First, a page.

How to live intentionally

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You are bound to be questioned. As much as I agree that you don’t have to explain to everybody, you still owe an explanation to yourself.

As I’m trying to live more intentionally, I found that I constantly reassess and question a lot of decisions in my life. Even as simple as what time will I want to wake up tomorrow.

Although this mentality has helped me to be more intentional, in a lot of ways it also demotivates me when I don’t have a noble reason to do the thing that I need to do.

But now I’m beginning to learn that we don’t always have to do it in an ad-hoc way, but rather, we can design it from the big picture.

As a reminder also for myself, these are the things that I find useful if we want to design a more intentional living:

Defining the values

First thing that we need to do is defining our values which should reflect what we believe in. I usually do this by the beginning of the year.

For me, I try not to limit myself to define one core value that I need to live for the rest of my life (maybe except for kindness), because I believe that as we’re constantly evolving, we’re also going to shift our beliefs at some points.

That’s why I regularly recalibrate and prioritize my values each year. The prioritization is especially useful when we started to lose direction and faced with a few options so we know what to put first. For example, I think I made the right decision to put Health on top of the list for 2020 as opposed to Relaxing.

The why and the what

Why is a fundamental thing that keep us to move forward and can help us to stay connected to the values we want to live with. Which I think will be easy to discover as we solidify our values.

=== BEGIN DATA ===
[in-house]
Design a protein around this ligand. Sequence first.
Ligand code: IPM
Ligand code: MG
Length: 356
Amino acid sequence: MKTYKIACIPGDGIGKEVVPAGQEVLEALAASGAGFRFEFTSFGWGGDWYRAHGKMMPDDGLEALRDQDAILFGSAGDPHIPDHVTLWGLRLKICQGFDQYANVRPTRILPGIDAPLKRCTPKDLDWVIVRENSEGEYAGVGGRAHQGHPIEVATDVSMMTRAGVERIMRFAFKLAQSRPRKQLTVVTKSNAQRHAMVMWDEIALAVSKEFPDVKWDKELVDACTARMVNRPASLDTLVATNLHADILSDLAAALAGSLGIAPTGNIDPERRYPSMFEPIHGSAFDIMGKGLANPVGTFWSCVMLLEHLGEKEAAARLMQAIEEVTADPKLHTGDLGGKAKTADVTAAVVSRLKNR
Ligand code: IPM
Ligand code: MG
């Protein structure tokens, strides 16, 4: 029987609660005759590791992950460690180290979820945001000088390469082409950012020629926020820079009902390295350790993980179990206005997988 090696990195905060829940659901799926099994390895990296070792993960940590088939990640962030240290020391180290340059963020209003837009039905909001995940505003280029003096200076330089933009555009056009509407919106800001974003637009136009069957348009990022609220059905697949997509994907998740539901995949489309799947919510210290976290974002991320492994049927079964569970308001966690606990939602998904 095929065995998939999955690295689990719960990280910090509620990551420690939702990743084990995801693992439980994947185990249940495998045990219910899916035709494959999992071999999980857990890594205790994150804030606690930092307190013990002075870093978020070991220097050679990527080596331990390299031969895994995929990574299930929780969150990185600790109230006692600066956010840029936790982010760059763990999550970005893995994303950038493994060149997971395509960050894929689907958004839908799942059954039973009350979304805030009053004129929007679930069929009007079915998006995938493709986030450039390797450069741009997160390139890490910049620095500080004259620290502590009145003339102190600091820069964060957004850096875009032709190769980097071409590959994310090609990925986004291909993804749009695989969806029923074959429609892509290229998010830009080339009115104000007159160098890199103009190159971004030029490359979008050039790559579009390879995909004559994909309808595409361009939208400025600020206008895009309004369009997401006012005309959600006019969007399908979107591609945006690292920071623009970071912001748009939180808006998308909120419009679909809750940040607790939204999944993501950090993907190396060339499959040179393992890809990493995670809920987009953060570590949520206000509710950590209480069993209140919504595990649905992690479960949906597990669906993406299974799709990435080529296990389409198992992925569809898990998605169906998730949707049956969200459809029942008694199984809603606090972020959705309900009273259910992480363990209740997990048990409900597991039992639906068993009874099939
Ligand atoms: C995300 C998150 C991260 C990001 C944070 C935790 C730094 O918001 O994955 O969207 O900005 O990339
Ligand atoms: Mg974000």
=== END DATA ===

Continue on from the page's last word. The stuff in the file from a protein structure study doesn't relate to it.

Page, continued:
The problem is, the why is also subject to our mental state. Something that motivates us when we’re happy may differ from when we are sad or frustrated. Try to be prepared for both cases.

The what, on the other hand, will determine what kind of tactics we want to take to get to where we want us to be. For me though, it doesn’t really matter to have a perfect “what” at the beginning as we can always tweak it later.

When you’re stuck and frustrated, try to be someone else

As opposed to the normal belief, I would say that we need to keep challenge ourselves to do something that we don’t normally do.

I find it useful to get out of our personality and try something else that we don’t typically do. This is also something that I’m personally still struggle with. But I think it’s kind of expected as this is not natural for most people.

What I think helpful so far is the one-week formula. Which basically, I will let myself to give something a try for a week. If I like it, I’ll keep it as a part of me. If I don’t, then I let it go. One week phase is crucial to give us the time to process the change because very few things feel fantastic the first time we try. For example, in the past, I challenged myself to be a vegetarian for a week instead of going full at once. A week is an easy commitment to trick my mind to feel ok with the change since I could always go back if I don’t like it at the end.

Systemical change

When we find that “the what” has started to not making sense, that would be the time to reassess the system. I found that while the why is still true in a long run in most cases, sometimes we need to change our path to replenish our motivation to keep doing what we want to do.

That means, changing the system, which is a state where I find myself right now. I feel like as I start to get more clarity on a few facets of my life, I need to do this to make sure that I’m adjusted to this new-found clarity.

I feel like I haven’t been fully intentional as I want me to be. But hell yeah, I think I’m progressing and that’s all that matters now.